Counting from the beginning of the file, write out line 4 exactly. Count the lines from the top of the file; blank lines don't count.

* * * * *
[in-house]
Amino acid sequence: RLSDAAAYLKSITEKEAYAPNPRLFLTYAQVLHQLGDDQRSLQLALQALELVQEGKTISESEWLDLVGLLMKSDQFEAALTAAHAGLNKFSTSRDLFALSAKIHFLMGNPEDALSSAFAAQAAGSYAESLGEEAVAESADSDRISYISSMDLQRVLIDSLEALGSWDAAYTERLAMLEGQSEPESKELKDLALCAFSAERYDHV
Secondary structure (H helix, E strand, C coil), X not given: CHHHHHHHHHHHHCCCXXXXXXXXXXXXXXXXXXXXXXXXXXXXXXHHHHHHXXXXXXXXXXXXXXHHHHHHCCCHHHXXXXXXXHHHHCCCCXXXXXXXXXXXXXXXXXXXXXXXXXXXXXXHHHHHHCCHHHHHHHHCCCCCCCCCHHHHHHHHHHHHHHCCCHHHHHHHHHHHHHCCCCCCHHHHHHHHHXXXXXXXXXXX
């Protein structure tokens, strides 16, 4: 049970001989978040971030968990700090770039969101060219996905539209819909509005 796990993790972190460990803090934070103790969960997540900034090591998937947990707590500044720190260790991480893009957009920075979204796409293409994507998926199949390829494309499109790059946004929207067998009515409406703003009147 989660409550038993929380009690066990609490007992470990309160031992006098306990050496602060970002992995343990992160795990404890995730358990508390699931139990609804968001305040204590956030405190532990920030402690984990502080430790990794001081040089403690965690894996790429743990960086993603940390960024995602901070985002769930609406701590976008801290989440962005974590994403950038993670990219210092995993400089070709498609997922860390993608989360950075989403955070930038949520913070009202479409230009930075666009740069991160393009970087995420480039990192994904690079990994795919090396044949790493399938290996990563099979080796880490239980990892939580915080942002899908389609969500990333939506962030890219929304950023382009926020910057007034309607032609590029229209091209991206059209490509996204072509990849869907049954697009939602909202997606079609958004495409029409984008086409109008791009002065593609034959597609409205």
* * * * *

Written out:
């Protein structure tokens, strides 16, 4: 049970001989978040971030968990700090770039969101060219996905539209819909509005 796990993790972190460990803090934070103790969960997540900034090591998937947990707590500044720190260790991480893009957009920075979204796409293409994507998926199949390829494309499109790059946004929207067998009515409406703003009147 989660409550038993929380009690066990609490007992470990309160031992006098306990050496602060970002992995343990992160795990404890995730358990508390699931139990609804968001305040204590956030405190532990920030402690984990502080430790990794001081040089403690965690894996790429743990960086993603940390960024995602901070985002769930609406701590976008801290989440962005974590994403950038993670990219210092995993400089070709498609997922860390993608989360950075989403955070930038949520913070009202479409230009930075666009740069991160393009970087995420480039990192994904690079990994795919090396044949790493399938290996990563099979080796880490239980990892939580915080942002899908389609969500990333939506962030890219929304950023382009926020910057007034309607032609590029229209091209991206059209490509996204072509990849869907049954697009939602909202997606079609958004495409029409984008086409109008791009002065593609034959597609409205």